I am moving more and more to Vanguard funds and really like the Life Strategy funds which I think are worth the slight premium in TER over the simpler funds.
    (Reduces need for rebalancing massively and income from bond funds is automatically re-invested cheaply)

    A few areas where I dissent from your view are:


    I don't hold this as I think I have missed a bubble and I don't like the idea of an 'investment' which has no rate of return. Also as a hedge against inflation gold performs less well then people often think. Gold might do well in an economic melt down but then would 5% in a portfolio make much difference (especially if you rebalanced when it gets to 10%)?

    PE ratio / CAPE

    I don’t use these to make market tilts. Partly as I am a little skeptical that this information isn’t ‘in the market’ anyway. Partly because I don’t have time.

    Small / Mid Cap tilt

    Five or six years ago I made a deliberate decision to tilt away from the FTSE All share mix which as you will know is roughly

    80% FTSE 100 large cap
    16% midcap
    4 % small cap

    This was partly because of the possibility of a small / mid cap premium, partly because I felt the FTSE 100 was very international (I already hold international index funds) and partly because I think the FTSE 100 is over-dominated by the top 10 or so companies.

    My tilt is around

    58% FTSE 100
    30% FTSE 250
    12% small cap (Marlborough Special Situations – my only non tracker)

    I mention this as I only recently realised how much I have benefitted from this over the last 5 years when I looked at Here you can easily see the 5 year returns on the different segments of the market and nearly all the growth in the UK has come from the mid – small cap range.

    Now clearly it is quite possible that the market will revert to mean and the large caps will outperform over the next few years. Also although I suspect there is a small cap premium I am not completely convinced

    Notwithstanding the above observations though, the important point is that there isn’t perfect correlation between the large caps and smaller companies. There seems to be a good argument for making the tilt as I have.

    Interested to know what you think.

  13. This whole discussion seems to revolve around you ''retiring in your early 40's''...have you thought what you are to do with your time...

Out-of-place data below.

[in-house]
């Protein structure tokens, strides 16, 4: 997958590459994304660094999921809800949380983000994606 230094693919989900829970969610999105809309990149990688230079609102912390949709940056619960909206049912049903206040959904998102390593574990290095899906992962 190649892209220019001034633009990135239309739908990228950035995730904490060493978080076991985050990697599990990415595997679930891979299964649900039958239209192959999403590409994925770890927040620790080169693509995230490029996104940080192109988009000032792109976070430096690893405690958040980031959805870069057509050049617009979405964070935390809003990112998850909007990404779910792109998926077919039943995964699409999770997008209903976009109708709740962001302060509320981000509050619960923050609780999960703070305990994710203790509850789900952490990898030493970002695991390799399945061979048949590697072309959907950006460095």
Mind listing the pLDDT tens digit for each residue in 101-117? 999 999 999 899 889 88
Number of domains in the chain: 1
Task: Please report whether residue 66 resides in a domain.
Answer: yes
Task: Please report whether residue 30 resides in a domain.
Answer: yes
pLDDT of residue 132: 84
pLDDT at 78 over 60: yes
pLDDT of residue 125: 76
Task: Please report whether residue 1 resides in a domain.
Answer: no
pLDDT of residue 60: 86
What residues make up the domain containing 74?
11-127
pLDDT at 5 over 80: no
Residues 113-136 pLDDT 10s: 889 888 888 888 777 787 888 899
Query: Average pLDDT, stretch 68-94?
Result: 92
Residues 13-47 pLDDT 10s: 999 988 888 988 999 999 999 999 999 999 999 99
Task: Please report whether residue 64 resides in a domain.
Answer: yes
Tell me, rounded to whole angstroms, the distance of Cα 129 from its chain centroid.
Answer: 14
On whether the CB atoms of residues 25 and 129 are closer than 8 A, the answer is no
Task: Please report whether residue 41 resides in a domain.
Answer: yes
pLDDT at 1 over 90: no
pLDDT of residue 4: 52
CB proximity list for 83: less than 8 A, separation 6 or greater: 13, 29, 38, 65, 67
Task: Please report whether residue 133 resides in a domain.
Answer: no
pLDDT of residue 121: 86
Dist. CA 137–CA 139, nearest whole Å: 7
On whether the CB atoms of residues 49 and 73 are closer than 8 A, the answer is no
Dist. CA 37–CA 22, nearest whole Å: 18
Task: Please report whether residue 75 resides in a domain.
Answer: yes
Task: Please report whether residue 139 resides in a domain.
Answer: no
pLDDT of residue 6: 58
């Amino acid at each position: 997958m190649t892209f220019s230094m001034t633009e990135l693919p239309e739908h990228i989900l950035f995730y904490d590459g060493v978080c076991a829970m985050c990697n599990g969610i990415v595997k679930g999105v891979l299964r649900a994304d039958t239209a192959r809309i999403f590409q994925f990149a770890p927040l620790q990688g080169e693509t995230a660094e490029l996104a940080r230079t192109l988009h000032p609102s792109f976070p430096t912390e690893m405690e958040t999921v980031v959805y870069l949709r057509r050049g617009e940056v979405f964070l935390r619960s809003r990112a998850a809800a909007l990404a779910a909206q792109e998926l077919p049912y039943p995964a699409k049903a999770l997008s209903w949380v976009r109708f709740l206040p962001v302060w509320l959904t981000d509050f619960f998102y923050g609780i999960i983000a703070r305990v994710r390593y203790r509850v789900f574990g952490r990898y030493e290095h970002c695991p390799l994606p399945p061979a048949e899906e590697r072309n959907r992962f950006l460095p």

1. Hi Anonymous

      A great question that I've explored a few times on this site. For me the definition of retirement is that work simply becomes optional. I have no intention to sit on the sofa and watch daytime television. I also currently enjoy my work (although the stress levels could eventually restrict me there) and were I to be reaching financial independence tomorrow I wouldn't quit.

      What does "retirement" give me? The short answer is by having no financial worries I get opportunity. Today I'm not even thinking about that opportunity as a still have 3 and a bit years until I'm there. That said it could include charity work, a small business, more hours on this blog, travel, sitting on beach reading a good book or watching daytime television. The important bit is that I will finally be in charge of my own life, can head in whichever direction I choose whenever I choose and I will not be dependent on somebody else for my life.

      I hope that helps clarify.


  14. Hi RIT retiring at 40.its a pipedream..a bit like those other life goals..''when I lose that 4 stone''..''when I pay off the mortgage''..most people already have more than enough to do the things you say..I havent got a lot but have lived (since my late twenties) in your post retirement ideal.Trouble is when many get there they strive for greater wealth get greedier/work only have to look at those 80 year old million/billionaires who work much harder than us.Best of luck with your investments..I have been liquidating as I see 2014 onwards poor returns.

    1. Hi Anonymous

      Sounds like a great success story. It would be great to hear more about how you managed to obtain financial independence/retirement in your 20's.